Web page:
Return Journey to fields of battle

JOURNEYS END, directed by David Grindley'Graham Butler (2nd Lieutenant Raleigh)
JOURNEYS END, directed by David Grindley'Graham Butler (2nd Lieutenant Raleigh)

FOR David Grindley, director of the award-winning First World War play Journey’s End, which comes to the Lyceum this autumn, every visit to the trenches in northern France where the drama is set is an emotional experience.

“I have never failed to be moved by coming here,” he says at the memorial on Vimy Ridge.

“The ghosts of the men remain. They do come out at night. There is too much blood in the soil.”

Grindley had interrupted rehearsals of Moliere’s The Misanthrope at Stratford, Ontario to lead a press party to the trenches where he had gained much of his inspiration for the play. An enthusiastic, bespectacled man, he has been showered with critical approval and awards on both sides of the Atlantic since reviving R C Sherriff’s classic play in 2003.

This summer it returns to the West End and also goes on national tour, playing at the Lyceum from October 31 until November 5. He says it has gone through “11 incarnations involving 83 actors.”

Small wonder then that he says it is his “life-defining show as a director.”

If visiting the battlefields is an emotional experience for him – this is the fourth time – it is no less so for his audiences, who have to be warned that they will experience the sounds, if not the actual physical effects, of a bombardment similar to that endured by the Tommies in the trenches.

It is all the more effective as the set, which faithfully reproduces the kind of dugout Sherriff himself experienced, is a dimly-lit, tightly enclosed space where for much of the time there is silence broken only by conversation and the sound of men eating.

This realism, which heightens the dramatic tension of the play, surprised even the actors themselves who were amazed at how small it was.

Sherriff, a former insurance agent who won the Military Cross after volunteering for the East Surrey Regiment and fighting at Vimy, Loos and Passchendaele, sets the play over four days at St Quentin, culminating in the biggest German assault of the war.

The drama revolves around five officers, all of whom are consumed by fear but deal with it in different ways. Stanhope, the commanding office, uses whisky and work. Osborne, his older deputy, listens and recites Edward Lear. Trotter, promoted from the ranks, fusses over his food. Hibbert is terrified and invents neuralgia.

They are joined by Raleigh, who has wangled the posting because Stanhope, only three years older, was his hero at school. All the men are soon to be tested.

Grindley found it difficult at first to get anyone interested in “reviving an old war-horse,” as he puts it. They were more or less the same problems Sherriff originally had in 1928. Then he was told no-one wanted to be reminded of the war, there was not much of a set and – the killer punch – no leading lady.

Grindley, aged 38, first came across the play at 19 when his younger brother was studying it for his GCSE and thought he might be interested.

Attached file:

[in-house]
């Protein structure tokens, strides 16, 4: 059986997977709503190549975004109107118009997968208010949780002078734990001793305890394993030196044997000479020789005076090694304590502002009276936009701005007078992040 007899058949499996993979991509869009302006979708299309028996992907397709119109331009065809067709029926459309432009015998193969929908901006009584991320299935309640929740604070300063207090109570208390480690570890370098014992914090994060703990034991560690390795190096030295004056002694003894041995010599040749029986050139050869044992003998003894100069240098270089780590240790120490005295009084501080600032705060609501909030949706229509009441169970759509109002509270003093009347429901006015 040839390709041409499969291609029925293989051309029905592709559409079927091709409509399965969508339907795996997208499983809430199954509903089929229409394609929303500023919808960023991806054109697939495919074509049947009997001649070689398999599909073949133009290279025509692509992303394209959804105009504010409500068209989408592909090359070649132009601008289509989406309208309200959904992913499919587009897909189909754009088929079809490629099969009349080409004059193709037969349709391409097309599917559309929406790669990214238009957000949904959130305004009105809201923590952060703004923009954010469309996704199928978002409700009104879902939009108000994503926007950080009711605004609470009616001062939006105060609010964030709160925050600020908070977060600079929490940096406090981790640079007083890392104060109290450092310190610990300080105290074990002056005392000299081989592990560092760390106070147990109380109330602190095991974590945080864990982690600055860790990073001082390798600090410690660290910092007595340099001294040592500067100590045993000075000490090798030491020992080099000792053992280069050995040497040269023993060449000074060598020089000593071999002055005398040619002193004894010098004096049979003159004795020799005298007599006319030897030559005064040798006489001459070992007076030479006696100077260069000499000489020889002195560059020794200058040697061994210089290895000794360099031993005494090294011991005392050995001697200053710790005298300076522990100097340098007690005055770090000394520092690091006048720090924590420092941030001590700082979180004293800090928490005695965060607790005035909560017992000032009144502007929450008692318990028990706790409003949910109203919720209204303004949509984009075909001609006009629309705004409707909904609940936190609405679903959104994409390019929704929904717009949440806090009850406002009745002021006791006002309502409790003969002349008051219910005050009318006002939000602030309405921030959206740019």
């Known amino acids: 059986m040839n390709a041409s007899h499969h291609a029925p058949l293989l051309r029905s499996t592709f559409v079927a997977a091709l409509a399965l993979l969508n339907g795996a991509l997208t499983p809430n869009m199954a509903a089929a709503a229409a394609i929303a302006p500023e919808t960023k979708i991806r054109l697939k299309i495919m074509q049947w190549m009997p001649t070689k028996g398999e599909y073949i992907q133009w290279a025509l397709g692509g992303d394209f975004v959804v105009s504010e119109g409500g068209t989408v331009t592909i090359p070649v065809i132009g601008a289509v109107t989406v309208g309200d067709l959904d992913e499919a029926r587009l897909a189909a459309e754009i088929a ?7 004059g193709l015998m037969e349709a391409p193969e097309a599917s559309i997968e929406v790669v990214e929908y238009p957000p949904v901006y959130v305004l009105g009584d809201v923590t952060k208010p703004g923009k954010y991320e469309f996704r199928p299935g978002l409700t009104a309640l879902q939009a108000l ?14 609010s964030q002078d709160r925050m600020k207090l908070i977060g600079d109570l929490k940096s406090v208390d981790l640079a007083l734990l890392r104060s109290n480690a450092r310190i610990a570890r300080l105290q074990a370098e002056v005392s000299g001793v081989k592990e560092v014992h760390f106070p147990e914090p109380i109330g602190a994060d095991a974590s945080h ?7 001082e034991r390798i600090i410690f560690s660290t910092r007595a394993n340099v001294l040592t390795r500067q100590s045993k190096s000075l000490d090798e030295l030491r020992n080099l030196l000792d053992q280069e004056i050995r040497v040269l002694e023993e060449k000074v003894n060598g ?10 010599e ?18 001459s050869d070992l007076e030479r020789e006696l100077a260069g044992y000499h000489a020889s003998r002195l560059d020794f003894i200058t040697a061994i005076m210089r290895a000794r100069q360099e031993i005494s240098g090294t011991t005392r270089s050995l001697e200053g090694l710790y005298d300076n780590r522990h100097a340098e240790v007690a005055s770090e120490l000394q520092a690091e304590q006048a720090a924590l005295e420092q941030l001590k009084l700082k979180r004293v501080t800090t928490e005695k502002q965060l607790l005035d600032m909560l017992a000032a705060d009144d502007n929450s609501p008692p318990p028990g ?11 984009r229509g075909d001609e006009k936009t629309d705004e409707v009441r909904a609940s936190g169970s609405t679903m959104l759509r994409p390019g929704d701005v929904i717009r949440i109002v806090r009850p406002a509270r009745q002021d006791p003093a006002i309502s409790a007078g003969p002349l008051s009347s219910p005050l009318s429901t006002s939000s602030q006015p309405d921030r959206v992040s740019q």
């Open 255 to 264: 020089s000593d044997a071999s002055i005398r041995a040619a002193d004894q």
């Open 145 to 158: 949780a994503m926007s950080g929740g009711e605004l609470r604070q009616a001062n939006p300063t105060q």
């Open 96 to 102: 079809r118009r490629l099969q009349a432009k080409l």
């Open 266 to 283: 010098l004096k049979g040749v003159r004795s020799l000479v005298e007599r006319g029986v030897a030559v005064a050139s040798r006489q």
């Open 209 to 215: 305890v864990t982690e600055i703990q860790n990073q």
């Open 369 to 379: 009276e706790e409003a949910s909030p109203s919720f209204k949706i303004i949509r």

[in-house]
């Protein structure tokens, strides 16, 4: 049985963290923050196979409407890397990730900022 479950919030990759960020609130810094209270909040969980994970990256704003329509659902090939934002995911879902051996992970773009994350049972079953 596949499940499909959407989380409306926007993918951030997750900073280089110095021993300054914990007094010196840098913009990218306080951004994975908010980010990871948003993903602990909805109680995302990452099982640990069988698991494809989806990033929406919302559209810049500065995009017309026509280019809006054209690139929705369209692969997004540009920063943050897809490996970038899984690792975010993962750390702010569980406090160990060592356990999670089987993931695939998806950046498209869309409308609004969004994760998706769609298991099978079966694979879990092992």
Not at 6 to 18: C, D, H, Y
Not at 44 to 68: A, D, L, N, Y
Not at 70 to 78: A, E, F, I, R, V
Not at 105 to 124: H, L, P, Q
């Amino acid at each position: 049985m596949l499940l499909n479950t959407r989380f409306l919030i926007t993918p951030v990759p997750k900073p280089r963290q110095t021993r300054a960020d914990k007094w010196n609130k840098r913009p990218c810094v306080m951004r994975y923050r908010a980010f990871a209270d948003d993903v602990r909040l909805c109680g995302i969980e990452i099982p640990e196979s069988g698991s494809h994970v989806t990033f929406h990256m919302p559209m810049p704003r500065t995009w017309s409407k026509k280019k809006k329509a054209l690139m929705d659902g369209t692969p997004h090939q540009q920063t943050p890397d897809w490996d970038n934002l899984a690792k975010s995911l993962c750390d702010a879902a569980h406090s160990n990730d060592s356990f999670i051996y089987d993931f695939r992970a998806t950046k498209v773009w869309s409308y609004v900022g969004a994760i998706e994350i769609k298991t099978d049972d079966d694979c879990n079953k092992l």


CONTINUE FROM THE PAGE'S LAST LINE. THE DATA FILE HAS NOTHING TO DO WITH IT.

Something must have stayed with him subliminally because he made the effort to see Sam West as Stanhope in a small production at the King’s Head, Islington in 1998.

When he decided to revive Journey’s End (he has had great success reviving other plays such as Abigail’s Party and What The Butler Saw), he had the same pitfalls as Sherriff.

It was not until he realised it was coming up to the 75th anniversary of the play’s first production that he realised he had a peg on which to hang it.

He recalls pitching the play to a producer who had “just 12 minutes left on his parking meter. As he ran out the door I called after him, ‘I will direct the definitive version of this play!’ I was given the green light for eight weeks. It went on to run for 18 weeks in the West End.”

Grindley was determined his actors should be the same age as in the play. Stanhope is about 21, Raleigh 18. As he says: “There are not that many actors who have made their name at that age.”

He was also keen to grasp some of what they and Sherriff had experienced. “Journey’s End is the only First World War play in English written by someone who took part.”

He visited battle sites with designer Jonathan Fensom (and Jonathan’s dad). When they got to the French trenches at Notre Dame de Lorette, which unlike others have not been maintained and “improved,” it was closed so the two younger men “leapt over the fence to take a look.”

With the success of the play they regarded Fensom Senior to be a bit of a mascot and took him with them to Broadway in 2007, where the play won a Tony and Drama Desk award.

It was at Vimy that he picked up a story which he uses to motivate the actors who play Stanhope. In the play Sherriff suggests there was a particular incident which sent him to the whisky bottle.

A young captain with 100 men was ordered to attack the German positions at 2am. All but five were slaughtered by a Maxim gun in a hidden position. “That incident was a brilliant thing to tell an actor, this is what happened to Stanhope,” he says

lJourney’s End is at the Lyceum Theatre from October 31 to November 5.